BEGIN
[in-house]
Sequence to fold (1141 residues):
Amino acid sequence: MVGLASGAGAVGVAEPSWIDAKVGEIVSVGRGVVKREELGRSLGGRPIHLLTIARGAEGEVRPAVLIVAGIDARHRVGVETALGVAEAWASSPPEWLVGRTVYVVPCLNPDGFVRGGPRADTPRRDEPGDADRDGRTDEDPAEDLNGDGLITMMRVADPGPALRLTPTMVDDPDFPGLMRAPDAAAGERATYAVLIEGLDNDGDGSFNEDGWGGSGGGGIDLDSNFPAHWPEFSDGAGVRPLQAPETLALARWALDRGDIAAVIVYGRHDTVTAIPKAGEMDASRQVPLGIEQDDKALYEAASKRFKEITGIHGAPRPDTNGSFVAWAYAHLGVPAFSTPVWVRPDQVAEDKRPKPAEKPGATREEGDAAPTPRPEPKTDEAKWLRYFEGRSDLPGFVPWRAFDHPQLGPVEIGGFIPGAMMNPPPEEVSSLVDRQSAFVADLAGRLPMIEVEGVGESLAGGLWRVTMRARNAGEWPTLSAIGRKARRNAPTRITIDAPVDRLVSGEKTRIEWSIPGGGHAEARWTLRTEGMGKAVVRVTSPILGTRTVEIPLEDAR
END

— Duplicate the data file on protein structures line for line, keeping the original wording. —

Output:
[in-house]
Sequence to fold (1141 residues):
Amino acid sequence: MVGLASGAGAVGVAEPSWIDAKVGEIVSVGRGVVKREELGRSLGGRPIHLLTIARGAEGEVRPAVLIVAGIDARHRVGVETALGVAEAWASSPPEWLVGRTVYVVPCLNPDGFVRGGPRADTPRRDEPGDADRDGRTDEDPAEDLNGDGLITMMRVADPGPALRLTPTMVDDPDFPGLMRAPDAAAGERATYAVLIEGLDNDGDGSFNEDGWGGSGGGGIDLDSNFPAHWPEFSDGAGVRPLQAPETLALARWALDRGDIAAVIVYGRHDTVTAIPKAGEMDASRQVPLGIEQDDKALYEAASKRFKEITGIHGAPRPDTNGSFVAWAYAHLGVPAFSTPVWVRPDQVAEDKRPKPAEKPGATREEGDAAPTPRPEPKTDEAKWLRYFEGRSDLPGFVPWRAFDHPQLGPVEIGGFIPGAMMNPPPEEVSSLVDRQSAFVADLAGRLPMIEVEGVGESLAGGLWRVTMRARNAGEWPTLSAIGRKARRNAPTRITIDAPVDRLVSGEKTRIEWSIPGGGHAEARWTLRTEGMGKAVVRVTSPILGTRTVEIPLEDAR